Norfolk Police leave it to a computer to decide if it's worthwhile ...

Police won’t investigate burglaries if a computer tells them not to bother trying to catch the culprit – in a move that has been slammed as a shocking insult to victims.

Before doing any detailed detective work, officers are simply closing cases after the machine calculates the chances of making an arrest and recovering treasured stolen goods.

Hundreds of burglary investigations have been quietly closed by Norfolk Constabulary this year using the controversial technique, without victims ever being told.

Before doing any detailed detective work, officers are simply closing cases after the machine calculates the chances of making an arrest and recovering treasured stolen goods

Before doing any detailed detective work, officers are simply closing cases after the machine calculates the chances of making an arrest and recovering treasured stolen goods

Last night, Liberal Democrat home affairs spokesman Ed Davey said: ‘Technology can be great for catching criminals but this project is about selecting which criminals not to catch.’

And a spokesman for Ukip said: ‘The fact that a police force would even consider this approach to investigating serious crimes such as burglary is a gross insult to the victims. The duty of the police is to serve and protect people and property.’

The Norfolk force has seen a ten per cent rise in burglaries in the year to March, yet Home Office figures show that of 99 recent break-ins, only five led to suspects being charged. Another ten were resolved by cautions, five by ‘community resolution’ – such as the burglar saying sorry – and another five by a fine.

Norfolk’s experiment comes as victims nationwide are now increasingly encouraged to report crimes online after hundreds of front counters were shut down, while call waiting times have soared on the 101 non-emergency number.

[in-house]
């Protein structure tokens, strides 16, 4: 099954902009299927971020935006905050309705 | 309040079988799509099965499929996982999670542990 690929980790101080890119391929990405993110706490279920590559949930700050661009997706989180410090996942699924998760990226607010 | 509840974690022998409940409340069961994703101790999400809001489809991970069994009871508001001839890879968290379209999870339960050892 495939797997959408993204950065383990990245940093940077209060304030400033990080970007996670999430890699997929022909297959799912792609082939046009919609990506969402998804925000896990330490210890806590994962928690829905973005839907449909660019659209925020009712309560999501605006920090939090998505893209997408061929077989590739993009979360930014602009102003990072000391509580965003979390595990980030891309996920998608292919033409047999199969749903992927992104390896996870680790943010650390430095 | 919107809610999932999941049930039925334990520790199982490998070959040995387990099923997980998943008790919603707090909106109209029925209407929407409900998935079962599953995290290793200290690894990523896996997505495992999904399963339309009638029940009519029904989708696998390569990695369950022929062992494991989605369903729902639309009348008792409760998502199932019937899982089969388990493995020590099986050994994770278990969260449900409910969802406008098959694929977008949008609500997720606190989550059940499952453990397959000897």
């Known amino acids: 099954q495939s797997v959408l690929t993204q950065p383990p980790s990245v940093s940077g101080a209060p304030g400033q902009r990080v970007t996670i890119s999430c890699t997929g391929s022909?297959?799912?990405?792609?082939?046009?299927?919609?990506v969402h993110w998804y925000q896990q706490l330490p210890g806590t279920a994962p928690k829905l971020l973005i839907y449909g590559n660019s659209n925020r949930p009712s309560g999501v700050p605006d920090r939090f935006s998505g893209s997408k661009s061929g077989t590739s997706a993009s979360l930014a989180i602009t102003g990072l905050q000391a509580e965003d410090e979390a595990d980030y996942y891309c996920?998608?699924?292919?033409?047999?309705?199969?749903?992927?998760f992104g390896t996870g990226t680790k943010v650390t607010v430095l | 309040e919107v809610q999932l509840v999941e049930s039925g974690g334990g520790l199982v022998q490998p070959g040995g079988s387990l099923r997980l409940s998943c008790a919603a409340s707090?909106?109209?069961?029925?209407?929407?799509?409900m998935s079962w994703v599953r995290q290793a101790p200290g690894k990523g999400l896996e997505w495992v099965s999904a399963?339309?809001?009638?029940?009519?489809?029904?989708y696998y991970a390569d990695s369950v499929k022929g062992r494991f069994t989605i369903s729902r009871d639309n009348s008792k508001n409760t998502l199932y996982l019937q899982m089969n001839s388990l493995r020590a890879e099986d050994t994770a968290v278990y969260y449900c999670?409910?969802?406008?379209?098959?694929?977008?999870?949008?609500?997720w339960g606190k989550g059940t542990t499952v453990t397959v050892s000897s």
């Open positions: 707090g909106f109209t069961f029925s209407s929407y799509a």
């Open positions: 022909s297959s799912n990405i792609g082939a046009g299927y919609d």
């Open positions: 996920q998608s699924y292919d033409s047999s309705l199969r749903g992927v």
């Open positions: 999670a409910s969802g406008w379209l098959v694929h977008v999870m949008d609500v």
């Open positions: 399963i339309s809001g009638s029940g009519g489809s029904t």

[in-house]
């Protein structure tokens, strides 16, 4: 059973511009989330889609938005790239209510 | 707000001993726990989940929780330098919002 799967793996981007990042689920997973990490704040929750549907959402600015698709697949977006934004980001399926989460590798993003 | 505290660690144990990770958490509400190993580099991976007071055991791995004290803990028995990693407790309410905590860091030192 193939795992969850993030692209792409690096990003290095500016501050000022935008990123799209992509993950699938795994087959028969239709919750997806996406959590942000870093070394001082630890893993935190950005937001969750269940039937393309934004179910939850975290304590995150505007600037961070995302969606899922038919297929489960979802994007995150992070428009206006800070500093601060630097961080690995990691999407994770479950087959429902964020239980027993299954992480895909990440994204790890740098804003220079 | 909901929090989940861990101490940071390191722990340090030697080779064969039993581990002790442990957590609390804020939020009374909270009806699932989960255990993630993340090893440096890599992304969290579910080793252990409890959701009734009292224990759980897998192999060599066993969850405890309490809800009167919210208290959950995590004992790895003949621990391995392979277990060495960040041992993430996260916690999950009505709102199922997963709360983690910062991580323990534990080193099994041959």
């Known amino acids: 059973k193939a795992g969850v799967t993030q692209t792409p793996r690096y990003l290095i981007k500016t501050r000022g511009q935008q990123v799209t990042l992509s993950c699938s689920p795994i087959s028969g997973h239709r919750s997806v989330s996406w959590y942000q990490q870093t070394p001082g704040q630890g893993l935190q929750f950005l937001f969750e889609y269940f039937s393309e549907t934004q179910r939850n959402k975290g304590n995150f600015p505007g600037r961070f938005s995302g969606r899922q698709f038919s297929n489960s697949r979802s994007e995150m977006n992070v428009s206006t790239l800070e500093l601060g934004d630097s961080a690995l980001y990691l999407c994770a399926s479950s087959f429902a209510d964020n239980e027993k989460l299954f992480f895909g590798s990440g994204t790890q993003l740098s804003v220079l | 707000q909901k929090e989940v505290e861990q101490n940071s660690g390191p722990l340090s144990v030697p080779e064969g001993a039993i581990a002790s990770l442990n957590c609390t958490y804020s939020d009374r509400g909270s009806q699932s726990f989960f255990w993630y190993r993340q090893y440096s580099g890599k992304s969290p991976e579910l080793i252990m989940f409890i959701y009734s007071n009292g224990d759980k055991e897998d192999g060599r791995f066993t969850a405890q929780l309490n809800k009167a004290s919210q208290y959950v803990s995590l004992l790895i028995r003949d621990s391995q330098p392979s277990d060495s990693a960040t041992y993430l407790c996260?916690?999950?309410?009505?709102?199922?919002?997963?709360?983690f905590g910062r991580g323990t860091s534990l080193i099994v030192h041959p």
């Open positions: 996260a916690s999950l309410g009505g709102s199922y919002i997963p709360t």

Police chiefs also want witnesses to write their own statements and supply evidence of car crashes or street crimes from ‘dashcams’ and home CCTV systems.

In another unusual experiment involving burglary cases, Leicestershire Police carried out a three-month project in which scenes of crime teams only visited attempted break-ins at houses with even numbers. Those with odd numbers did not have forensic searches, to see if the difference affected investigations or victim satisfaction.

In the secret Norfolk experiment uncovered by The Mail on Sunday, officers now type in basic facts from the crime scene, such as if fingerprints were found or if the suspect was caught on CCTV. And they will close the case if the computer programme decides there is little chance of it being solved.

The controversial move comes as burglary rates soar and clear-up rates plummet nationwide, while police forces are short of thousands of detectives.

Crime by numbers 

The budget for Norfolk Constabulary has been slashed by 31 per cent since 2010. It has to save a further £4.5 million by 2022, resulting in 150 Police Community Support Officers and seven front counters being axed. 

1,516 Norfolk police officers as of March 2018 128 fall in their officer numbers since 2010 12% rise in overall recorded count crime in year to March 2018 4,012 burglaries in the Norfolk area during past 12 months 

The unprecedented plan to let computers decide the fate of burglary cases instead of detectives has been used by police in Norfolk since January this year but has never before been made public.

Academics from the University of Cambridge designed the new programme to assess the quality of evidence in each case, following an initial visit to the crime scene by officers.

The ‘solvability algorithm’ looks at 29 different factors, comparing the new incident against thousands of previous crimes in the county, before making a judgment as to whether it is likely to lead to arrests.

If the computer decides there are no leads then the case will be closed, although the force insists a staff member reviews each one.

Last night, Harry Fletcher, of the Victims’ Rights Campaign, said: ‘It’s far better that an individual makes these decisions than a computer, because they can take into account the impact on victims.

‘If the victim is elderly or vulnerable the effect of a burglary will be immense. A failure to consider this will risk further losing public confidence.’

A spokesman for the force told The Mail on Sunday: ‘We’ve liaised with academics from the University of Cambridge in relation to the development of an algorithm, which is currently being tested alongside our normal working practices.

‘In all cases of house burglary an officer will attend the scene and carry out an initial

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